Correcting Lens & Perspective Distortion in Lightroom


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When you take a photo with your DSLR camera, you oftentimes end up with an image that's distorted. You may not even notice this distortion, but it's there. It can take a few different forms, but the most common are where the center bulges somewhat or shrinks in somewhat. These two types of distortion are called Barrel and Pincushion. Other unwanted lens effects have to do with Vignetting (when the outer edges of the photograph become darkened by the lens) and perspective distortion (where buildings and other straight edged objects tend to lean inward and outward). The latter distortion is referred to as Perspective. All the types of distortion that I just mentioned above can be corrected in Adobe Lightroom.

To deal with Barrel and Pincushion distortion as well as Vignetting, it's best to open your photo inside of Lightroom and then click on the Develop tab up top. Then, click the Lens Corrections panel in the right column to open that up. Inside, you'll have two choices, Profile and Manual. If you choose the profile option, check the Enable Profile Corrections box with your mouse and then let Lightroom choose which lens and camera combo you shot your photo with. It'll correct things by itself from there. You can also add to or subtract from the automated corrections by pushing the Distortion and Vignetting sliders down below.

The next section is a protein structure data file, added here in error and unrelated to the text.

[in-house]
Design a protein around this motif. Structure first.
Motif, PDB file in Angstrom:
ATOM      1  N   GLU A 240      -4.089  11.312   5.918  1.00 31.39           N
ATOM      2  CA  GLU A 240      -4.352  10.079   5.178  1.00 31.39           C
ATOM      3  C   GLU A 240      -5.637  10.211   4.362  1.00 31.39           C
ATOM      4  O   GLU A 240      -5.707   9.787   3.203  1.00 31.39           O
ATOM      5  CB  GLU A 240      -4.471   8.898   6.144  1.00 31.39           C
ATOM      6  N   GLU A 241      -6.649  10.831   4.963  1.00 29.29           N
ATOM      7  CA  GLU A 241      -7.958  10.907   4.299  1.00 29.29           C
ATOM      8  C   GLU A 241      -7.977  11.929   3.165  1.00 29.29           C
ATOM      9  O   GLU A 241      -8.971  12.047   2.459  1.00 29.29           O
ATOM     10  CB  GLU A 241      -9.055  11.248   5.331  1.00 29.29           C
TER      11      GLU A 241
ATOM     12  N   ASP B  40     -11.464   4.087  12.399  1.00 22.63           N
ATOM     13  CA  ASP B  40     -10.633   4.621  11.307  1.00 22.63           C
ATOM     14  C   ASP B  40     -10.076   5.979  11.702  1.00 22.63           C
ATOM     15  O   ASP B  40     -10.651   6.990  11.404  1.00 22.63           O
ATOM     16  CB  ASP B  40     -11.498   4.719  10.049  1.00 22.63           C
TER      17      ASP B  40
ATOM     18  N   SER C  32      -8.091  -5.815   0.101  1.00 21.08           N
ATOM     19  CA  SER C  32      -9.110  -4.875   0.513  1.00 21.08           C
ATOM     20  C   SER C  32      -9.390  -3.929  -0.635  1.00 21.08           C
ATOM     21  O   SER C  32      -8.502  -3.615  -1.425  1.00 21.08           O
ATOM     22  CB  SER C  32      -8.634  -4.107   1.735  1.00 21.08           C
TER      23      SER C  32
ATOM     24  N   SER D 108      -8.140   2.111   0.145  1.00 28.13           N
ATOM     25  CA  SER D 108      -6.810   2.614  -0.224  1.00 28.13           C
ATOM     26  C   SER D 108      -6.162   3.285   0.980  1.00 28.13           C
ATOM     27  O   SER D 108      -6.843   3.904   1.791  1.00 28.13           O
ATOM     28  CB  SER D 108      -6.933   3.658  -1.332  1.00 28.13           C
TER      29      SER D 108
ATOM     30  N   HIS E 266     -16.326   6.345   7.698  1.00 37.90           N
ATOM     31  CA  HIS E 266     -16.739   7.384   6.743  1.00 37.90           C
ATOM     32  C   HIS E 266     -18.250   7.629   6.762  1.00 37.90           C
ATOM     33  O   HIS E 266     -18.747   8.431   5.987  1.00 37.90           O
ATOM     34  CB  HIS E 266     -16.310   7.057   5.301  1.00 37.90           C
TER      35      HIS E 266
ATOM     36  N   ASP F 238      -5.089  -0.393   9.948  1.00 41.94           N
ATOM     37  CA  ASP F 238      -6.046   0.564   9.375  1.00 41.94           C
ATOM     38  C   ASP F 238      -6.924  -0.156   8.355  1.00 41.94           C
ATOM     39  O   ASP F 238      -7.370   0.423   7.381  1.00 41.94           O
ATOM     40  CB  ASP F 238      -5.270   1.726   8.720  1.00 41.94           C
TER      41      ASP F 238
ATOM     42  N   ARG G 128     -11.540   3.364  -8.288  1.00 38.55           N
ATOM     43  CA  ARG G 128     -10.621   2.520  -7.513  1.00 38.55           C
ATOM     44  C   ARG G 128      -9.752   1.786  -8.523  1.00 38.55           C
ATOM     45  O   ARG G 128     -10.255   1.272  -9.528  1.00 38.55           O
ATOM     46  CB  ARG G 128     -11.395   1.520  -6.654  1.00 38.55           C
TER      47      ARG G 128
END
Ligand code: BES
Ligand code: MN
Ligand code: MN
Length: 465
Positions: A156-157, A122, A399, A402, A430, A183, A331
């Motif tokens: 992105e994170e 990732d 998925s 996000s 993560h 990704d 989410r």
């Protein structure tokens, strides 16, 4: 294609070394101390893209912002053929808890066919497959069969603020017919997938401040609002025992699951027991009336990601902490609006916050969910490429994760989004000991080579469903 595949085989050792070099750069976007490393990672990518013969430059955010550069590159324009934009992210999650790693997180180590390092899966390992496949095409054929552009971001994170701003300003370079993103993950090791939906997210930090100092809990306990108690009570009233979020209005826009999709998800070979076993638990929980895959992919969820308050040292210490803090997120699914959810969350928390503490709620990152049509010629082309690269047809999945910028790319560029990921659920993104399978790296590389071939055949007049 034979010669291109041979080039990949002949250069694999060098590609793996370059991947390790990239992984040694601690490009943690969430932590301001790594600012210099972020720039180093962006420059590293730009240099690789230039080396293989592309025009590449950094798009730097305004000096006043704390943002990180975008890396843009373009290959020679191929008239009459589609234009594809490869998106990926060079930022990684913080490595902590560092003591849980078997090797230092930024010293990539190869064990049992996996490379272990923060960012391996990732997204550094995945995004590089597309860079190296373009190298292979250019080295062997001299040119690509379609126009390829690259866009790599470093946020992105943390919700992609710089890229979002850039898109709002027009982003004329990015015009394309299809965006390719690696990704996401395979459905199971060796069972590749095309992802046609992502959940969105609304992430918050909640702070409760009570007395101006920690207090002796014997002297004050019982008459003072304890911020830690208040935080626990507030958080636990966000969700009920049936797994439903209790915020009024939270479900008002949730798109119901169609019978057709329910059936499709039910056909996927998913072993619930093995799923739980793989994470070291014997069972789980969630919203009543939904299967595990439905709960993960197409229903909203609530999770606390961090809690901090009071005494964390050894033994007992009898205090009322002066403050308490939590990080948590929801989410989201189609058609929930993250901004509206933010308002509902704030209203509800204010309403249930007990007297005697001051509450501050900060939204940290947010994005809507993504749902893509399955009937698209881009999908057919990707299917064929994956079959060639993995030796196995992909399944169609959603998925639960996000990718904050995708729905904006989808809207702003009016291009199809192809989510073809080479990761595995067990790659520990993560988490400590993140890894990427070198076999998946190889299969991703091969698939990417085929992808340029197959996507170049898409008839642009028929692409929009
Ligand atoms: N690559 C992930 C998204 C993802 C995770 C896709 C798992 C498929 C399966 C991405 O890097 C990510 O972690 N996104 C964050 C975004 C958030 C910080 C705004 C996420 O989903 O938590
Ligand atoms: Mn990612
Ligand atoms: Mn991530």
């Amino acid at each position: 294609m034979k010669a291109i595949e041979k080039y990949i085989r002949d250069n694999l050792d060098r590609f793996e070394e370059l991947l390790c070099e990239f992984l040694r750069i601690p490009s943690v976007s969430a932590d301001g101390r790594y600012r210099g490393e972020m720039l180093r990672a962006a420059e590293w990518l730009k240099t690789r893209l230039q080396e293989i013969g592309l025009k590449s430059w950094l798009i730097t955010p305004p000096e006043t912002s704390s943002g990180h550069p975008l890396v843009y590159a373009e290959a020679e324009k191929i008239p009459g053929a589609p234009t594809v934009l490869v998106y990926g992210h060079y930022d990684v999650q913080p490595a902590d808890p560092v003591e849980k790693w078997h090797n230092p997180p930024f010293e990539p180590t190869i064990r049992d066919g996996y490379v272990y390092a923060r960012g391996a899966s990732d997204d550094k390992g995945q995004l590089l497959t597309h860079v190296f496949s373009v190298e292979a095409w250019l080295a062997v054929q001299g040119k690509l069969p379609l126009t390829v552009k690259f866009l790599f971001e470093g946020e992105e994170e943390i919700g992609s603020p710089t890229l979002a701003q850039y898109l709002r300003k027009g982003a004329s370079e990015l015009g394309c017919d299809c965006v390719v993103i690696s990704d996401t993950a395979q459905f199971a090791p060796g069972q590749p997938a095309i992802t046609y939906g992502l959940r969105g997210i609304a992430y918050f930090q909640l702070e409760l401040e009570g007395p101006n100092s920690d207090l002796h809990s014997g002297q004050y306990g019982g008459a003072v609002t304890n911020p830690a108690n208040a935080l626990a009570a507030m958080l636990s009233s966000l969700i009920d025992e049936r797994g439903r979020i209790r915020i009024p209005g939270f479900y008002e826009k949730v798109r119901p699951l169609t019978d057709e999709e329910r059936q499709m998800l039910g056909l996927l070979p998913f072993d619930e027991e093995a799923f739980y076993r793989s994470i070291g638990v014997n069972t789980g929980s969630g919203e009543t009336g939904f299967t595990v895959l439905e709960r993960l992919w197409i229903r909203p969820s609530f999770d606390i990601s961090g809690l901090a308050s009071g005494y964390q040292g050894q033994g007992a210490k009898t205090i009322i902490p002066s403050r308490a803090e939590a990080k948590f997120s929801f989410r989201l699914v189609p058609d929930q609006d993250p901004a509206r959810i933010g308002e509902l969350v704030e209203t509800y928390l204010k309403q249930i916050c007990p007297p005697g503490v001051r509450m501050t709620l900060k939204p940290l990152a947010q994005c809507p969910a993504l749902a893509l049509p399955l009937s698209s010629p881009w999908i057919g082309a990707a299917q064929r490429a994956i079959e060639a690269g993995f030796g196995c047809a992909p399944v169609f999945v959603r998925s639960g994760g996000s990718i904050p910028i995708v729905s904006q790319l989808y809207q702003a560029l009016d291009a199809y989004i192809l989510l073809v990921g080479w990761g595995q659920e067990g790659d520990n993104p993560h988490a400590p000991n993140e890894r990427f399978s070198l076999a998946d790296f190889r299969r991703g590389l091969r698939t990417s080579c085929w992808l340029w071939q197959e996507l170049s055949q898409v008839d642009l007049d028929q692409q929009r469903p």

If you aren't happy with the profile corrections that Lightroom chose for you, you can always opt to make some manual edits yourself. To do this, simply click the Manual link up at the top of the panel and then adjust the Distortion and Vignetting from there.

When it comes to correcting perspective, Lightroom offers some excellent tools. Close the Lens Corrections panel and then click to open the Transform panel. Inside this panel you'll see the Upright tool. This tool consists of a few buttons. To correct the perspective of your photo, click through the buttons to find the output you like the best. I'll tell you right now that the Auto and Full options oftentimes offer the best results. If you'd like, you can push some of the Transform sliders down below the Upright buttons as well. The current options include Vertical, Horizontal, Rotate, Aspect, Scale, X Offset and Y Offset. You'll need to experiment with these sliders a bit to get used to their dramatic results, but they can help tremendously when it comes to fixing perspective distortion.

If you have any questions regarding how to correct your photos when they've got lens or perspective distortion, please let me know down below. I'd love to help. Thanks!
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